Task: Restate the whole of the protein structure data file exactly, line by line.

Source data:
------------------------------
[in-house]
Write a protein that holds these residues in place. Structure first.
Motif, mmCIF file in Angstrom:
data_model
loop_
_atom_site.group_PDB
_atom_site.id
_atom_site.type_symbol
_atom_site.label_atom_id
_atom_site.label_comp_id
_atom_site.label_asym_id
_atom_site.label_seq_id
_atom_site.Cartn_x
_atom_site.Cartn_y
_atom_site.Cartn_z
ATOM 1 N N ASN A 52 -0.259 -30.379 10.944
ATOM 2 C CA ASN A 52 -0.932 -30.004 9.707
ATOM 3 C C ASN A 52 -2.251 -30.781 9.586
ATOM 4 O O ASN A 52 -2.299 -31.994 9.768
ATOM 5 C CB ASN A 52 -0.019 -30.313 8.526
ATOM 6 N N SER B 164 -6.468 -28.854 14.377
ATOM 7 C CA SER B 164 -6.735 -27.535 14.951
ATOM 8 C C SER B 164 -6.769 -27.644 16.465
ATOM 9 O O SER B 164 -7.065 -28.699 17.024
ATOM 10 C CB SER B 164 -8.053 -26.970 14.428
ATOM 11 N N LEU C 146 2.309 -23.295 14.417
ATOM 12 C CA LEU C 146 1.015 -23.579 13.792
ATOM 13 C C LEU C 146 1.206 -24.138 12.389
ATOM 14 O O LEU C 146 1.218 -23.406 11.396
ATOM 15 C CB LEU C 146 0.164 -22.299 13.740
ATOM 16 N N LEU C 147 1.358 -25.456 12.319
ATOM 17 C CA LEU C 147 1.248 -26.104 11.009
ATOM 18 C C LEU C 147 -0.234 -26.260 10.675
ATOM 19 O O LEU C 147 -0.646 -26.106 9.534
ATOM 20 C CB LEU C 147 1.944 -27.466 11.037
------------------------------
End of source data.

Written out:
[in-house]
Write a protein that holds these residues in place. Structure first.
Motif, mmCIF file in Angstrom:
data_model
loop_
_atom_site.group_PDB
_atom_site.id
_atom_site.type_symbol
_atom_site.label_atom_id
_atom_site.label_comp_id
_atom_site.label_asym_id
_atom_site.label_seq_id
_atom_site.Cartn_x
_atom_site.Cartn_y
_atom_site.Cartn_z
ATOM 1 N N ASN A 52 -0.259 -30.379 10.944
ATOM 2 C CA ASN A 52 -0.932 -30.004 9.707
ATOM 3 C C ASN A 52 -2.251 -30.781 9.586
ATOM 4 O O ASN A 52 -2.299 -31.994 9.768
ATOM 5 C CB ASN A 52 -0.019 -30.313 8.526
ATOM 6 N N SER B 164 -6.468 -28.854 14.377
ATOM 7 C CA SER B 164 -6.735 -27.535 14.951
ATOM 8 C C SER B 164 -6.769 -27.644 16.465
ATOM 9 O O SER B 164 -7.065 -28.699 17.024
ATOM 10 C CB SER B 164 -8.053 -26.970 14.428
ATOM 11 N N LEU C 146 2.309 -23.295 14.417
ATOM 12 C CA LEU C 146 1.015 -23.579 13.792
ATOM 13 C C LEU C 146 1.206 -24.138 12.389
ATOM 14 O O LEU C 146 1.218 -23.406 11.396
ATOM 15 C CB LEU C 146 0.164 -22.299 13.740
ATOM 16 N N LEU C 147 1.358 -25.456 12.319
ATOM 17 C CA LEU C 147 1.248 -26.104 11.009
ATOM 18 C C LEU C 147 -0.234 -26.260 10.675
ATOM 19 O O LEU C 147 -0.646 -26.106 9.534
ATOM 20 C CB LEU C 147 1.944 -27.466 11.037